By TAMMY ALLEN
ORTHOWORX DIRECTOR OF MARKETING
High school students, administrators, guidance counselors, teachers and additional key guests participated in OrthoWorx Innovative Careers Pathway Program—Machining Your Future. This new program is slated to happen twice a year, in the spring and in the fall. During the recent spring program participants learned about orthopedic industry career options and local technical skills development pathways available to prepare for them.
“It is important that students are aware of the various career options available to them through the orthopedic economic cluster in Warsaw. These opportunities pay well, and many are for middle skills professionals, requiring some post secondary training but not a traditional four-year college degree. These offer great opportunities for students pursuing dual credit, advanced skills, certificate and associates programs through local resources. For individuals who may aspire to continue to engineering or other professional careers, these can also be a first step on that pathway,” states Sheryl Conley, OrthoWorx President and Chief Executive Officer.
The Innovative Careers Pathway Program includes a three-pronged approach to educate about a pathway to the innovative, orthopedic industry. The initial plan is to focus on individuals that work directly with and influence high school students, including teachers, guidance counselors and administrators. Next, the focus will shift to students who are enrolled in advanced manufacturing programs. Looking forward, that focus will expand to include parents of the students in those programs. The long-term vision for the program is to continue to grow regionally throughout the state to educate students about the orthopedic industry and the pathway that could lead to lifelong opportunities.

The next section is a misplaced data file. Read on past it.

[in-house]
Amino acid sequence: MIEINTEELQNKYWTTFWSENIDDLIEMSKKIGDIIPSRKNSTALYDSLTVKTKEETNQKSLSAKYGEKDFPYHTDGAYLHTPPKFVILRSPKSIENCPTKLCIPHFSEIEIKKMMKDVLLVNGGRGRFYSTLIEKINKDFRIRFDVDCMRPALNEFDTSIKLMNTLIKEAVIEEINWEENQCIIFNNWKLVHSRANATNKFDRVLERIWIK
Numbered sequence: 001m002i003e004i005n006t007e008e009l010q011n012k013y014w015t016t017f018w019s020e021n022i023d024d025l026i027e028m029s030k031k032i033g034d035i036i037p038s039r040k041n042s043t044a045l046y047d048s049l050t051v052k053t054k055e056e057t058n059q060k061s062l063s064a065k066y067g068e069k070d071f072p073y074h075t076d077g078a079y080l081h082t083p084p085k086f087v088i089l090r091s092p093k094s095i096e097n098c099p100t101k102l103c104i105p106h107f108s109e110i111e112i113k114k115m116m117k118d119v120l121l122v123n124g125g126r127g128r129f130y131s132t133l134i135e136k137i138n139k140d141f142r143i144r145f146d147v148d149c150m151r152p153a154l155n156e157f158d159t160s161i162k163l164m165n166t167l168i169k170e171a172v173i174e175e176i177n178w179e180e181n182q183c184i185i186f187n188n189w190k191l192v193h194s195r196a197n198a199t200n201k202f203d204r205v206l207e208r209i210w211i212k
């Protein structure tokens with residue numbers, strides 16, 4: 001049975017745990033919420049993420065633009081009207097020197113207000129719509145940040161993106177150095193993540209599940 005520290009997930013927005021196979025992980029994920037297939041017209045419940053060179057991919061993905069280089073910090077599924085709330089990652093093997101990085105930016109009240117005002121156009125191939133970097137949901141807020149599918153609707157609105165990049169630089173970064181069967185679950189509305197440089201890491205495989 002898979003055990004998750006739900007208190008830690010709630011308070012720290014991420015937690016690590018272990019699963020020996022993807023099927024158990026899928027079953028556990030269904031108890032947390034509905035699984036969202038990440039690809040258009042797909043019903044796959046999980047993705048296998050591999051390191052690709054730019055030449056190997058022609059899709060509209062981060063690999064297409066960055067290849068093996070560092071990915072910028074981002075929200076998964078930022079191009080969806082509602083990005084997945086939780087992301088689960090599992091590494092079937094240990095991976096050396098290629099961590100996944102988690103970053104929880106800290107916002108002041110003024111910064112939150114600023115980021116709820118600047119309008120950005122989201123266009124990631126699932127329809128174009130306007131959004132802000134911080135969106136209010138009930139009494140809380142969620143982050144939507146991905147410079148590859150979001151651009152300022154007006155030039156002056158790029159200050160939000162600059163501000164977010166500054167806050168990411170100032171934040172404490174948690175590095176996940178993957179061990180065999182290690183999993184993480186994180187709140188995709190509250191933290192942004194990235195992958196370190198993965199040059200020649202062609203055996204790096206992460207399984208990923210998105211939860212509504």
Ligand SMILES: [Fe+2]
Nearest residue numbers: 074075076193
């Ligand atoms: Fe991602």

About 100 individuals have participated in the program so far, through last year’s pilot program and this year’s spring program. Most of the key administrators, guidance counselors and teachers have been reached. The spring program also included some high school students enrolled in Warsaw Area Career Center machining and welding programs. “We are learning from their participation in the program and using their input to form future programs. An example of this is our plan to focus on incorporating their parents into the program,” states Conley.
“Both the student and adult participants of the recent program affirmed there is a misperception about orthopedic manufacturing, about it being an unclean environment, loud and distracting. Participants commented on the cleanliness of the orthopedic companies and were surprised by the various career options discussed during the program,” states Conley. Presentations were followed by tours, including host companies DePuy Synthes Joint Reconstruction, Paragon Medical, a supplier to the medical device industry, and also Ivy Tech Orthopedic & Advanced Manufacturing Training Center and WACC. Educational exhibits were comprised of Grace College, Trine University and Ivy Tech Community College.
Education and workforce development have been strategic areas of focus for OrthoWorx since formation in 2009. The Indiana medical device industry is the largest component of the overall life sciences economy in Indiana. OrthoWorx was formed in 2009 to improve the environment for success for an industry cluster based in Warsaw, that accounts for approximately 13,000 direct and indirect jobs, and contributes more than $3 billion in value annually to the Indiana economy. Through programs like this, OrthoWorx continues its work through the OrthoWorx University/Industry Advisory Board to create stronger, mutually beneficial connections between Indiana’s higher education assets and the orthopedic medical device industry cluster in northern Indiana.